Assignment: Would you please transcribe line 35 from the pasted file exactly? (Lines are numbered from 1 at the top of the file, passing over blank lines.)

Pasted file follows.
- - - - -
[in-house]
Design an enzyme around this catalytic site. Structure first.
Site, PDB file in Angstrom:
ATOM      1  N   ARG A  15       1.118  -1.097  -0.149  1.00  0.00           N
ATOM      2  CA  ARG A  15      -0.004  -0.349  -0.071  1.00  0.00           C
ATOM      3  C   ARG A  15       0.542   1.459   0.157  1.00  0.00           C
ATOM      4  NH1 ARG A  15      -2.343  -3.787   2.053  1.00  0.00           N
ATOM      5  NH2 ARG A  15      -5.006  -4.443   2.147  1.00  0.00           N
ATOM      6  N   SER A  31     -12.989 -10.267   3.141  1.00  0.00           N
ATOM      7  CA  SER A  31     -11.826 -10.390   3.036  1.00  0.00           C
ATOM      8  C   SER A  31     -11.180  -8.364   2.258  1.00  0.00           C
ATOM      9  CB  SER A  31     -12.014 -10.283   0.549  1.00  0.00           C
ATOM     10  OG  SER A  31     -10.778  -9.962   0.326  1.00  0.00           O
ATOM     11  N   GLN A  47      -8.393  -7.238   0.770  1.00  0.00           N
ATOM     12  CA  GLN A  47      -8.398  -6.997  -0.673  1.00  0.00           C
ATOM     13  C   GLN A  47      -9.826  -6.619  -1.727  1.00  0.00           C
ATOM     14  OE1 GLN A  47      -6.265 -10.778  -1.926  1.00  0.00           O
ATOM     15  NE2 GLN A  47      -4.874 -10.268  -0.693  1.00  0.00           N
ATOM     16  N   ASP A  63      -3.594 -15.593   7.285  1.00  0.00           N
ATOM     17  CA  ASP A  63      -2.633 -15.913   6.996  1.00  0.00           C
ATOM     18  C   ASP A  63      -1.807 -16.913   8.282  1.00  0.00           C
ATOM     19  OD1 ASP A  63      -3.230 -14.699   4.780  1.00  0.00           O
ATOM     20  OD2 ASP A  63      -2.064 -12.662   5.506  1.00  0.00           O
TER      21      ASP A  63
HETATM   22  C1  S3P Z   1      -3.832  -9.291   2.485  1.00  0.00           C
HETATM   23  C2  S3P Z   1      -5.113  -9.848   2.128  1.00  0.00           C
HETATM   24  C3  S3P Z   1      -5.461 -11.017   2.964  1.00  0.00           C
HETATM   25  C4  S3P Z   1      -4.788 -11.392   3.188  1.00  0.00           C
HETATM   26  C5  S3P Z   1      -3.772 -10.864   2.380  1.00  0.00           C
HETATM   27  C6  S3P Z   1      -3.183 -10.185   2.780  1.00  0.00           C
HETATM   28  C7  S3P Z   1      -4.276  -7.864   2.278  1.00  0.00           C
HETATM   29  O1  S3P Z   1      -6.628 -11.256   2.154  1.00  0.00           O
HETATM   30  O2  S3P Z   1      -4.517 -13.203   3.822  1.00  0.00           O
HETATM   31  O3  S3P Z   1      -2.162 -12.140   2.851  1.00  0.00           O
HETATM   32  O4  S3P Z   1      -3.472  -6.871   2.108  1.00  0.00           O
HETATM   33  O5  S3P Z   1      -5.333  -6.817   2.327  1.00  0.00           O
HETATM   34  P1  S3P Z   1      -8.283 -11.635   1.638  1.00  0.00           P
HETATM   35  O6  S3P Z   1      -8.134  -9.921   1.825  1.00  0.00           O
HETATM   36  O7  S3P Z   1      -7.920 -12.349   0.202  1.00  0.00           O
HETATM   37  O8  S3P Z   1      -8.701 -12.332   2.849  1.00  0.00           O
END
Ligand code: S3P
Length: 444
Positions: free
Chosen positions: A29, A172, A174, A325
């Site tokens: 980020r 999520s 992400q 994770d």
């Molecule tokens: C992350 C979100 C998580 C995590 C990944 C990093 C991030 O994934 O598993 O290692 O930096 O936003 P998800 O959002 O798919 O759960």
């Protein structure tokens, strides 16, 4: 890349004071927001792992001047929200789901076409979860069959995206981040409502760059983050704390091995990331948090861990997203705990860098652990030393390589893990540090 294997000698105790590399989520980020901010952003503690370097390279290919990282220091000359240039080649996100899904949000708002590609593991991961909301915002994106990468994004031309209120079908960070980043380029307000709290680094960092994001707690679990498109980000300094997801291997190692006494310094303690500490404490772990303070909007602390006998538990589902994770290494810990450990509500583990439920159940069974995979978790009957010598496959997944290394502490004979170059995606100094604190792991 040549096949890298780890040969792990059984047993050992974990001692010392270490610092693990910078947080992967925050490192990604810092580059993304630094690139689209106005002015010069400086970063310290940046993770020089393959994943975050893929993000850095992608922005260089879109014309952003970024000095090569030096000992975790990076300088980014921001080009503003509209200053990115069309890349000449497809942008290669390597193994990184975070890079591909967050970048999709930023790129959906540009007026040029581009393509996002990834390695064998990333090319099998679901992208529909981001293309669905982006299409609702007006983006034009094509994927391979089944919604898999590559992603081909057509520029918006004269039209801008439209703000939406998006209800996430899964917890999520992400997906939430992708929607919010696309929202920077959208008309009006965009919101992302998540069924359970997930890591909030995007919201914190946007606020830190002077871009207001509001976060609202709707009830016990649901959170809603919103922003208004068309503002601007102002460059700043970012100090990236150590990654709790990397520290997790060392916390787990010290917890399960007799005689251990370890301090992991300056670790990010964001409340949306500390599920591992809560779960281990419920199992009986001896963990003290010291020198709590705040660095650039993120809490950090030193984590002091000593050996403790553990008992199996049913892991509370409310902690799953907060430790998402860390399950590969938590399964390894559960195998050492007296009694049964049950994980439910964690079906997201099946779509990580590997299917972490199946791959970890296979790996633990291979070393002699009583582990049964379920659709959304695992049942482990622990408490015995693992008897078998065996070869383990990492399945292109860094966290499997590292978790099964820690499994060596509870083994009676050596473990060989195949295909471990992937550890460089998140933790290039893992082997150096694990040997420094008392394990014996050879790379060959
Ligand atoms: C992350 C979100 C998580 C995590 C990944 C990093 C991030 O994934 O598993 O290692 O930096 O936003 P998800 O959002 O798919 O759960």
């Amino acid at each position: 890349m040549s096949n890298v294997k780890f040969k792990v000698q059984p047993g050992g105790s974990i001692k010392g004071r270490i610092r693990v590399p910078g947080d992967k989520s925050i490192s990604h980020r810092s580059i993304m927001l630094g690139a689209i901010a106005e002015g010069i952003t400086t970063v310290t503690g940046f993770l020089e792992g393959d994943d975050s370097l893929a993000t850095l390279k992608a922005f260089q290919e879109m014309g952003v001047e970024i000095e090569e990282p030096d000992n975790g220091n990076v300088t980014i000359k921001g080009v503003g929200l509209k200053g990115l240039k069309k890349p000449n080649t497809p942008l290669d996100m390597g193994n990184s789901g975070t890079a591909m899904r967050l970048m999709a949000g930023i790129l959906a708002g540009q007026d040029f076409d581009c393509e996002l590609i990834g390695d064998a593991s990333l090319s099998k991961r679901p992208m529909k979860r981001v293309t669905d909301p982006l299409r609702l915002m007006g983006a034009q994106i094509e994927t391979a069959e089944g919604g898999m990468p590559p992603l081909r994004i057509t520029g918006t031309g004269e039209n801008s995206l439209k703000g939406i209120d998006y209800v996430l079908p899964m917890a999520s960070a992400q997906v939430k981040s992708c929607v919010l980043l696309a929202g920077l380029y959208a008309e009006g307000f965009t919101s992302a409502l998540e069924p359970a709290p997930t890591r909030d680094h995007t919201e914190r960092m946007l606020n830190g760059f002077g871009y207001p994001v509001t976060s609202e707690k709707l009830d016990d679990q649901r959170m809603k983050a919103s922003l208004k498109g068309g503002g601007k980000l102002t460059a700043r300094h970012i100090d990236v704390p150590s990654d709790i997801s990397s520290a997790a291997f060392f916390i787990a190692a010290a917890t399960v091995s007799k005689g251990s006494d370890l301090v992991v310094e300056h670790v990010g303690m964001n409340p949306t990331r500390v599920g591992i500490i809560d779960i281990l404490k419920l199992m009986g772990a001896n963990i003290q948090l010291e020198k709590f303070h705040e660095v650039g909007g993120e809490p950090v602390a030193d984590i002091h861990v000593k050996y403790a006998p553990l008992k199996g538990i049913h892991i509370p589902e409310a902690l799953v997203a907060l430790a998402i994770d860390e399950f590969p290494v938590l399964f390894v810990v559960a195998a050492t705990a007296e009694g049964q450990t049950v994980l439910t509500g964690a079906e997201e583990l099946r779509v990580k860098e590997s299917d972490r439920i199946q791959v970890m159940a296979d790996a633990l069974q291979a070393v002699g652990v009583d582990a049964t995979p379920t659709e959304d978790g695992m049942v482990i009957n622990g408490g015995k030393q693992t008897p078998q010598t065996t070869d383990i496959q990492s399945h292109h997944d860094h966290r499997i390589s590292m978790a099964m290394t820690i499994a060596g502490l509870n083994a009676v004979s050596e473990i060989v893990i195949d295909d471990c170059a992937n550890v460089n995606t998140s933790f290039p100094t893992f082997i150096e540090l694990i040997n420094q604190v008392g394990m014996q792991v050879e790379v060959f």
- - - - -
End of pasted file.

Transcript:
HETATM   32  O4  S3P Z   1      -3.472  -6.871   2.108  1.00  0.00           O